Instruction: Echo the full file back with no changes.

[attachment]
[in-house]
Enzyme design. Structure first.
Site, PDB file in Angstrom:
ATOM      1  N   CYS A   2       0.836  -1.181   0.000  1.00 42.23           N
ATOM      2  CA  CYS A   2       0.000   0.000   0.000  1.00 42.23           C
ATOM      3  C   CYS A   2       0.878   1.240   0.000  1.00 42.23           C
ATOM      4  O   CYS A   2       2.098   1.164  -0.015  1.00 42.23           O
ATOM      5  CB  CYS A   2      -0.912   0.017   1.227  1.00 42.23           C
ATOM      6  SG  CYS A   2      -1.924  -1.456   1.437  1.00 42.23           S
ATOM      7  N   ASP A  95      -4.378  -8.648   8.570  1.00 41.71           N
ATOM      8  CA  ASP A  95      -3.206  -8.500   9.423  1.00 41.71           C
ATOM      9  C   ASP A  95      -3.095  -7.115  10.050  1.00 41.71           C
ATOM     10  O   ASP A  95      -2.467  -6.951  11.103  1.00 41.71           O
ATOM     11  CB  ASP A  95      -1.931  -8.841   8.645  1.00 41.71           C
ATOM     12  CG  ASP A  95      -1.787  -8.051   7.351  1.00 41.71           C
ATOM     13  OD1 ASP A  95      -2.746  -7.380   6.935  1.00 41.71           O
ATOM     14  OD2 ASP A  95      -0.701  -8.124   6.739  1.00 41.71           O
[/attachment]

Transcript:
[in-house]
Enzyme design. Structure first.
Site, PDB file in Angstrom:
ATOM      1  N   CYS A   2       0.836  -1.181   0.000  1.00 42.23           N
ATOM      2  CA  CYS A   2       0.000   0.000   0.000  1.00 42.23           C
ATOM      3  C   CYS A   2       0.878   1.240   0.000  1.00 42.23           C
ATOM      4  O   CYS A   2       2.098   1.164  -0.015  1.00 42.23           O
ATOM      5  CB  CYS A   2      -0.912   0.017   1.227  1.00 42.23           C
ATOM      6  SG  CYS A   2      -1.924  -1.456   1.437  1.00 42.23           S
ATOM      7  N   ASP A  95      -4.378  -8.648   8.570  1.00 41.71           N
ATOM      8  CA  ASP A  95      -3.206  -8.500   9.423  1.00 41.71           C
ATOM      9  C   ASP A  95      -3.095  -7.115  10.050  1.00 41.71           C
ATOM     10  O   ASP A  95      -2.467  -6.951  11.103  1.00 41.71           O
ATOM     11  CB  ASP A  95      -1.931  -8.841   8.645  1.00 41.71           C
ATOM     12  CG  ASP A  95      -1.787  -8.051   7.351  1.00 41.71           C
ATOM     13  OD1 ASP A  95      -2.746  -7.380   6.935  1.00 41.71           O
ATOM     14  OD2 ASP A  95      -0.701  -8.124   6.739  1.00 41.71           O